Bonobos - revealing just-so stories on human evolution

In this recent paper, I discuss how recent anatomical data recovered from bonobos and other apes puts in question just-so stories on human evolution, bipedalism and tool use that have been accepted for too long based on almost no empirical data..

Go to the profile of Rui Diogo
Apr 28, 2018
Upvote 1 Comment

Just-so stories are prominent in human evolution literature because of our tendency to create simple progressionist narratives about our “special” place in nature, despite the fact that these stories are almost exclusively based on hard tissue data. How can we be so certain about the evolution of human facial communication, bipedalism, tool use, or speech without detailed knowledge of the internal anatomy of for instance, one of the two extant species more closely related to us, the bonobos? Here I show how many of these stories now become obsolete, after such a comprehensive knowledge on the anatomy of bonobos and other primates is finally put together. Each and every muscle that has been long accepted to be “uniquely human” and to provide “crucial singular functional adaptations” for our bipedalism, tool use and/or vocal/facial communication, is actually present as an intra-specific variant or even as normal phenotype in bonobos and/or other apes.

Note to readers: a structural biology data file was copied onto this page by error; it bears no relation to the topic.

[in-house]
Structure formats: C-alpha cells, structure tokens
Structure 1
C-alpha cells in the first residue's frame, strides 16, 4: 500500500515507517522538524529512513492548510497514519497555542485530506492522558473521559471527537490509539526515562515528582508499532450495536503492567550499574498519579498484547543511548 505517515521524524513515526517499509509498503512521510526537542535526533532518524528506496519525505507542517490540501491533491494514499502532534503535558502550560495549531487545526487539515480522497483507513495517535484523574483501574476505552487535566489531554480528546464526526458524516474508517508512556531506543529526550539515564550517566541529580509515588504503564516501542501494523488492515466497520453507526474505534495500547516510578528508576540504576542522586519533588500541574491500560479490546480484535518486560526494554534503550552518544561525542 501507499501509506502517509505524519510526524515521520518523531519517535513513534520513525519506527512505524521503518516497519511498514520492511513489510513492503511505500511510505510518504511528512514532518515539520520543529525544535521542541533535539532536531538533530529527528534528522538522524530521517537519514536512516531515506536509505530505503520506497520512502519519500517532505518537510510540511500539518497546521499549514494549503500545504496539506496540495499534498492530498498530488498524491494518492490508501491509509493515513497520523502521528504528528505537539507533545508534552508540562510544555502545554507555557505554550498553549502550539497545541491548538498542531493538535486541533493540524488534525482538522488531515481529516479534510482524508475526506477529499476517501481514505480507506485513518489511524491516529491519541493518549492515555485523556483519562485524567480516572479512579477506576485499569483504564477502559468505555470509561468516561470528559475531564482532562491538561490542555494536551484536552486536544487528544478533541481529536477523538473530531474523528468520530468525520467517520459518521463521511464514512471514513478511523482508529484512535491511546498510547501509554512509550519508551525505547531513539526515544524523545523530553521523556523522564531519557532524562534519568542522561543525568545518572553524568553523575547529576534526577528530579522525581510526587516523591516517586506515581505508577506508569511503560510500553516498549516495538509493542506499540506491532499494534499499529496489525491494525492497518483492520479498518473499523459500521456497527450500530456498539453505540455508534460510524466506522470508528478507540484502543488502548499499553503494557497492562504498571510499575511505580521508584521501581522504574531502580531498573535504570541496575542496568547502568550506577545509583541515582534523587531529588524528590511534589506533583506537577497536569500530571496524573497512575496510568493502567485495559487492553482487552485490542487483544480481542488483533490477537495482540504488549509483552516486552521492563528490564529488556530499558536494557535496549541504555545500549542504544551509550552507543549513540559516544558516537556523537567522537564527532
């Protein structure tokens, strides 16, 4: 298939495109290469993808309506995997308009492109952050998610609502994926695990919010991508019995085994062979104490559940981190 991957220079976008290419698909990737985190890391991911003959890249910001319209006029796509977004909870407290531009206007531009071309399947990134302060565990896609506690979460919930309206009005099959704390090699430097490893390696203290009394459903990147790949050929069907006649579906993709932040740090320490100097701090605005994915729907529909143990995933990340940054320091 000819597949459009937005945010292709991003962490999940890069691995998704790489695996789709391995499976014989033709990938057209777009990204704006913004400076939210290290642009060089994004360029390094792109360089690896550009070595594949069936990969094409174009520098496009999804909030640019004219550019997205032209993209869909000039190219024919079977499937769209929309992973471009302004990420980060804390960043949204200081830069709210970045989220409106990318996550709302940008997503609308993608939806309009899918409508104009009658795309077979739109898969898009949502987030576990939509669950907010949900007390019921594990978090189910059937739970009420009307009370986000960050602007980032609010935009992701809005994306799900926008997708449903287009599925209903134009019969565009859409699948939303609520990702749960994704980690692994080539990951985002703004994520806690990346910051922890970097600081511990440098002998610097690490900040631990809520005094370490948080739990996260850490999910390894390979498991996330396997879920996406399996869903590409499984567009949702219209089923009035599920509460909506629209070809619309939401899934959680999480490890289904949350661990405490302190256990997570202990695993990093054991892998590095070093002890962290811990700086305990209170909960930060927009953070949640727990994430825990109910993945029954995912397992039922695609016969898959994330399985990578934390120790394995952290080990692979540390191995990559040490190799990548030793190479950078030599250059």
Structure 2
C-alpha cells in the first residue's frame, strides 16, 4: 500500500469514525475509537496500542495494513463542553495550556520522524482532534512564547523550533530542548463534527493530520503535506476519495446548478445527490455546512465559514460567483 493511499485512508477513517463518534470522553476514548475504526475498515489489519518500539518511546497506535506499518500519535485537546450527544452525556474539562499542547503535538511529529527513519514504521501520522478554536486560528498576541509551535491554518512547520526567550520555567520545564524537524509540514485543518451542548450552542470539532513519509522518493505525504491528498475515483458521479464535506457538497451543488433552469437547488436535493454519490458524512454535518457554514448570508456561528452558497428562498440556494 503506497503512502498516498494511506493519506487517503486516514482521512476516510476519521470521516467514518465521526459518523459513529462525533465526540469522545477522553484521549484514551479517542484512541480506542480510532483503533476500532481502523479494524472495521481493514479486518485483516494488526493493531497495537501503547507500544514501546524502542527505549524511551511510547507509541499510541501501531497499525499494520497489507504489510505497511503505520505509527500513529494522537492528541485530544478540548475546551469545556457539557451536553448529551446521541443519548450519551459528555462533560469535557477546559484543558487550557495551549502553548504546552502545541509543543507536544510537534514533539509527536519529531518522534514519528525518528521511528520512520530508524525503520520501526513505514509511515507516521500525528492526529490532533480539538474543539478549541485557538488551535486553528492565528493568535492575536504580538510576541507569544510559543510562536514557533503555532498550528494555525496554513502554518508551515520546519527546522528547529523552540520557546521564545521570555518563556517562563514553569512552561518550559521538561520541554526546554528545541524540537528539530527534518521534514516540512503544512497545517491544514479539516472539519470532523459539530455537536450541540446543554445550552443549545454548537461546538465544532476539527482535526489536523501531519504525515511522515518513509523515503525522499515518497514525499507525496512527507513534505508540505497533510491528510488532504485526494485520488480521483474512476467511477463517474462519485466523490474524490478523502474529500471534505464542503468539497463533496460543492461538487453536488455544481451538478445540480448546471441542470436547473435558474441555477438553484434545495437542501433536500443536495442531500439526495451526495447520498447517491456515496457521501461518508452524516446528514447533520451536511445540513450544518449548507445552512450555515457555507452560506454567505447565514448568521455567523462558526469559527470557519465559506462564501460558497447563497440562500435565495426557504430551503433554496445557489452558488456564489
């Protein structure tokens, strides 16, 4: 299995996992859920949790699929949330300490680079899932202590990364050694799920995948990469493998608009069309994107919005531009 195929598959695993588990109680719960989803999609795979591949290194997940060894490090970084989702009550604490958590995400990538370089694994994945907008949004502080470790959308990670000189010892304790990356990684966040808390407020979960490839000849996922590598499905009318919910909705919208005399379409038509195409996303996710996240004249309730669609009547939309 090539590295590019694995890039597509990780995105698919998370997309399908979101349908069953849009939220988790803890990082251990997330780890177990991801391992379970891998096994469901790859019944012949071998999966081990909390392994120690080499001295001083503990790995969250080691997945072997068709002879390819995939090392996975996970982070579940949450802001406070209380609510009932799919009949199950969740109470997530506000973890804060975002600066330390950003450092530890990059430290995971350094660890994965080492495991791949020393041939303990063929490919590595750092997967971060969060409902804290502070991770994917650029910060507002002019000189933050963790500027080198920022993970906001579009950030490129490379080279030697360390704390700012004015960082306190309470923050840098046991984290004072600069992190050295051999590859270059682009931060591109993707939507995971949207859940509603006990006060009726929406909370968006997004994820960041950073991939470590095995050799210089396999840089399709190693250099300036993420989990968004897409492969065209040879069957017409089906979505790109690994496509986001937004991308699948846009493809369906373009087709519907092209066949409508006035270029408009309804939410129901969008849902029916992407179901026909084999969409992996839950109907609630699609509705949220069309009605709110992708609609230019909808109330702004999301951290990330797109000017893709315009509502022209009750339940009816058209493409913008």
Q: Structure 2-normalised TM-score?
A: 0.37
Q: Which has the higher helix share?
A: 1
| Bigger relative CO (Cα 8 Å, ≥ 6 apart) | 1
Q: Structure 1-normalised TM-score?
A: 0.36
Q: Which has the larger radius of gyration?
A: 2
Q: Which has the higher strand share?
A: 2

Paper freely available here:

Go to the profile of Rui Diogo

Rui Diogo

Associate Professor, Howard University


Go to the profile of marc verhaegen
marc verhaegen 22 days ago